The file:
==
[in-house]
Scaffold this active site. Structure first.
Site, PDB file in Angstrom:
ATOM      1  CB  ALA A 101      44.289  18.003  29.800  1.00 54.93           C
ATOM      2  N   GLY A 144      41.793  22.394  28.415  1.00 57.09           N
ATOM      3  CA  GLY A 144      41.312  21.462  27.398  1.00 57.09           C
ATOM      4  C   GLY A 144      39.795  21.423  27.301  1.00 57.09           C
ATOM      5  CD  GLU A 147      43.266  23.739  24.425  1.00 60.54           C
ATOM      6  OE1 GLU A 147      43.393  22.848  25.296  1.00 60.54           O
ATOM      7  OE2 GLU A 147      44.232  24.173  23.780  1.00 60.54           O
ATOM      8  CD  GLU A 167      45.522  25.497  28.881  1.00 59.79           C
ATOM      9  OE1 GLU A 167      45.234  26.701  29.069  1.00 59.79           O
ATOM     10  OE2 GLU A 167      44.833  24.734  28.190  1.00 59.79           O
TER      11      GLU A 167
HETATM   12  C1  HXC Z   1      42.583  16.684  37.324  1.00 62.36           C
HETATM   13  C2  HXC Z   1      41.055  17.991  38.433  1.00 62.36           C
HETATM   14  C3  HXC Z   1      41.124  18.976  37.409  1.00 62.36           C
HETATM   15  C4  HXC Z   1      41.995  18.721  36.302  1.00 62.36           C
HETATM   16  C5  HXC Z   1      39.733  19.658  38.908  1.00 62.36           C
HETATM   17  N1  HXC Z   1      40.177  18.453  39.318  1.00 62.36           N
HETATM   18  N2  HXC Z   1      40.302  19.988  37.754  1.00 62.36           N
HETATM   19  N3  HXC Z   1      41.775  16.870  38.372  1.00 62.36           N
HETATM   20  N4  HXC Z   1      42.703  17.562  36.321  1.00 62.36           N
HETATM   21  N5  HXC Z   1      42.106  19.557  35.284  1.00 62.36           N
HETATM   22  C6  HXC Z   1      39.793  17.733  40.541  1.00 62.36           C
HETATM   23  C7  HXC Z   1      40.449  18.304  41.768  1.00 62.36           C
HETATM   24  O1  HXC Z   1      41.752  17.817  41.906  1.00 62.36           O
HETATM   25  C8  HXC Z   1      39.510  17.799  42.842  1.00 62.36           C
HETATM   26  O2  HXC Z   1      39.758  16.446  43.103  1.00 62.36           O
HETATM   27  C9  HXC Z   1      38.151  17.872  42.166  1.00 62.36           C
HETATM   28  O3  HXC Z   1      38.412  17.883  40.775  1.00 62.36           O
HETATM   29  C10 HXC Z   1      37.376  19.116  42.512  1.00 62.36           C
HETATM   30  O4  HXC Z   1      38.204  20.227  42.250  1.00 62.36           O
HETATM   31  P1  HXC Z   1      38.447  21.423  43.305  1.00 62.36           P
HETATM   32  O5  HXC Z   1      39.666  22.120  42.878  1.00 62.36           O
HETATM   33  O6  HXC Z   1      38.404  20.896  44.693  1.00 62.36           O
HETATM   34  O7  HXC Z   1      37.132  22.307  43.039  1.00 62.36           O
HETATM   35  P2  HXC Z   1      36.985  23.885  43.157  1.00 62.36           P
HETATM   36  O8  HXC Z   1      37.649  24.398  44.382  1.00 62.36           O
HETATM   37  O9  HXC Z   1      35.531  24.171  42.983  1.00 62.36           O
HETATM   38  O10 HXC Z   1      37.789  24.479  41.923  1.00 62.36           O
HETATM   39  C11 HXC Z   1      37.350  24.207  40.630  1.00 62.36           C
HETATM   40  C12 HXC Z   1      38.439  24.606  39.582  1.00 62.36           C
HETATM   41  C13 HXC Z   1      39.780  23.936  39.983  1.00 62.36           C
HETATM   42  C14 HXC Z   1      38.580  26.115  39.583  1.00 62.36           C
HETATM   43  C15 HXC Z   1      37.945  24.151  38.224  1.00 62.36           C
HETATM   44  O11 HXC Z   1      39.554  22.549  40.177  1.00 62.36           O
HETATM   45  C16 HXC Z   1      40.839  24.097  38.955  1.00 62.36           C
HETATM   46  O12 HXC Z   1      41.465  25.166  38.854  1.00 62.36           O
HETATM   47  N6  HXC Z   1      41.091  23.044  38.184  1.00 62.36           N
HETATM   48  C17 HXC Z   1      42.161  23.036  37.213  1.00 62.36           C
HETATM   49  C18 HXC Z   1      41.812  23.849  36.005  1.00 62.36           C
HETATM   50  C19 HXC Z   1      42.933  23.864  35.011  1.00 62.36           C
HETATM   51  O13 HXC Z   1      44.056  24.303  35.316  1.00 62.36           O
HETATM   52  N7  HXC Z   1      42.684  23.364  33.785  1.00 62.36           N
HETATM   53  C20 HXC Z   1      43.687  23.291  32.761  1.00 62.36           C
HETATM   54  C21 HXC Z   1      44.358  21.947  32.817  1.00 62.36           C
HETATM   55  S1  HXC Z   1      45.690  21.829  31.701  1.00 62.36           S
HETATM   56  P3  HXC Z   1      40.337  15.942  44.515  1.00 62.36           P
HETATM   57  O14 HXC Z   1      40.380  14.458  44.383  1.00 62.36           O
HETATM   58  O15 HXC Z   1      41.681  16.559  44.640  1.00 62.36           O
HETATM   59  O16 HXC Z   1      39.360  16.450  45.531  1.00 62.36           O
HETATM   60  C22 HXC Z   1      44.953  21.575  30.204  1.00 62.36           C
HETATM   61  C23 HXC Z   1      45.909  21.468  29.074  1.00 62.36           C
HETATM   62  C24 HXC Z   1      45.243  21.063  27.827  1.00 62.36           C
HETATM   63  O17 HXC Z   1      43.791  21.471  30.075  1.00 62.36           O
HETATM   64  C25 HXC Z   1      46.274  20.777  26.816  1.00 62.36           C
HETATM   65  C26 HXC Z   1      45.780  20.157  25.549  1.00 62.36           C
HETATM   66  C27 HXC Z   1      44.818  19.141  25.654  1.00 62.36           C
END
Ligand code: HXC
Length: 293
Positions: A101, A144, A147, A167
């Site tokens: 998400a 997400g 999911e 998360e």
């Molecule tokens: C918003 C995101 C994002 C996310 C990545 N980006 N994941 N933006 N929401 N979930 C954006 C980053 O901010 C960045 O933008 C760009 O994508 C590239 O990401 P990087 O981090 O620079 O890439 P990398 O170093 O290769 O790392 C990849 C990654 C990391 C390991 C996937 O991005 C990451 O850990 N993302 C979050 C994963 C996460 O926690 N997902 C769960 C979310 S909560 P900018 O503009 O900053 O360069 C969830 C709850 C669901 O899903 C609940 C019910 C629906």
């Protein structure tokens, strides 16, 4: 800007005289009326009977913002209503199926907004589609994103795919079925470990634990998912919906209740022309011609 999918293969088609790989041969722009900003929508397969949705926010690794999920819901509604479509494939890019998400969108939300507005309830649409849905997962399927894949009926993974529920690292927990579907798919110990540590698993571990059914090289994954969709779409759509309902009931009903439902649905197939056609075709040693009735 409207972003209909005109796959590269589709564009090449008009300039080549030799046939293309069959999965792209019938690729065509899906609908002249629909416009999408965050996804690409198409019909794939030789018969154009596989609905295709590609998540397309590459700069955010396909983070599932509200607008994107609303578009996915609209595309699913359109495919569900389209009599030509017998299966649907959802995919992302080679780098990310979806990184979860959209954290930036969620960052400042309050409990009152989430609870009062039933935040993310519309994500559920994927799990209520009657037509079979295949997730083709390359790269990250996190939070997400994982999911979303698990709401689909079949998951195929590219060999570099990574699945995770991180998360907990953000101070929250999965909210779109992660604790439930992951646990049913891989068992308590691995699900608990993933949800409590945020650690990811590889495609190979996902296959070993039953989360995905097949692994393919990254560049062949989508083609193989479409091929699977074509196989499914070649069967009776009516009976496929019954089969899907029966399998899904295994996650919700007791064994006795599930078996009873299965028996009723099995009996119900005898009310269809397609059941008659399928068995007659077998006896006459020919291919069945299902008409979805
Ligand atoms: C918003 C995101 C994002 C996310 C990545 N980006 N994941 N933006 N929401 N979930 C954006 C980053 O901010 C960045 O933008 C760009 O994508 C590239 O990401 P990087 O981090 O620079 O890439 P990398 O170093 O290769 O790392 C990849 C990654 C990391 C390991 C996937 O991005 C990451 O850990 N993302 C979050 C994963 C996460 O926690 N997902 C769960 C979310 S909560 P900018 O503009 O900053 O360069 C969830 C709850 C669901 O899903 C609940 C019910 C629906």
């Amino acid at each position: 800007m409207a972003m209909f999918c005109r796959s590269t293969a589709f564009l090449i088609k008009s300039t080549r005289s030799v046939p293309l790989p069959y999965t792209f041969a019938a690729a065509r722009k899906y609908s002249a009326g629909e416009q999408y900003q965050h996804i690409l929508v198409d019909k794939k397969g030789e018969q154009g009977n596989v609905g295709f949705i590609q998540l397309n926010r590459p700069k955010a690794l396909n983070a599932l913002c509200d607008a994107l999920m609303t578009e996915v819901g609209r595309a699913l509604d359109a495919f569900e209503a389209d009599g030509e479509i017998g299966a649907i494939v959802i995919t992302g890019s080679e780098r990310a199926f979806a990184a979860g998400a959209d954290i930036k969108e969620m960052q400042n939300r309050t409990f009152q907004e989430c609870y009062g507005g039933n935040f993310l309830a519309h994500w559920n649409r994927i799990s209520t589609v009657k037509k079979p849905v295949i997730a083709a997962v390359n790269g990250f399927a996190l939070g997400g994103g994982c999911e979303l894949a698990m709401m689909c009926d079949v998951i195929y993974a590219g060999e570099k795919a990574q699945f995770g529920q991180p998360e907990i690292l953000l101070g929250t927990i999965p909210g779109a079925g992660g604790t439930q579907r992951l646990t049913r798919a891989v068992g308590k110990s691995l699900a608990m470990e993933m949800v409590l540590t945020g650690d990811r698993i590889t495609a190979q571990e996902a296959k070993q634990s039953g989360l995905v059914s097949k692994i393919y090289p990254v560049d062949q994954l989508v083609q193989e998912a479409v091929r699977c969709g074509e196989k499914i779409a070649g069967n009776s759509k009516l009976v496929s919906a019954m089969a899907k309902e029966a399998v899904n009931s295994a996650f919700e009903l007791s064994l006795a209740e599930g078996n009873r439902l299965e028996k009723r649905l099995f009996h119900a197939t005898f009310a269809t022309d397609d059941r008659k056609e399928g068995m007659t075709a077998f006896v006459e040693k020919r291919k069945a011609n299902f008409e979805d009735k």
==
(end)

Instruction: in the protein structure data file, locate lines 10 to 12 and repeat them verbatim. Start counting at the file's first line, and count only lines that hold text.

ATOM      7  OE2 GLU A 147      44.232  24.173  23.780  1.00 60.54           O
ATOM      8  CD  GLU A 167      45.522  25.497  28.881  1.00 59.79           C
ATOM      9  OE1 GLU A 167      45.234  26.701  29.069  1.00 59.79           O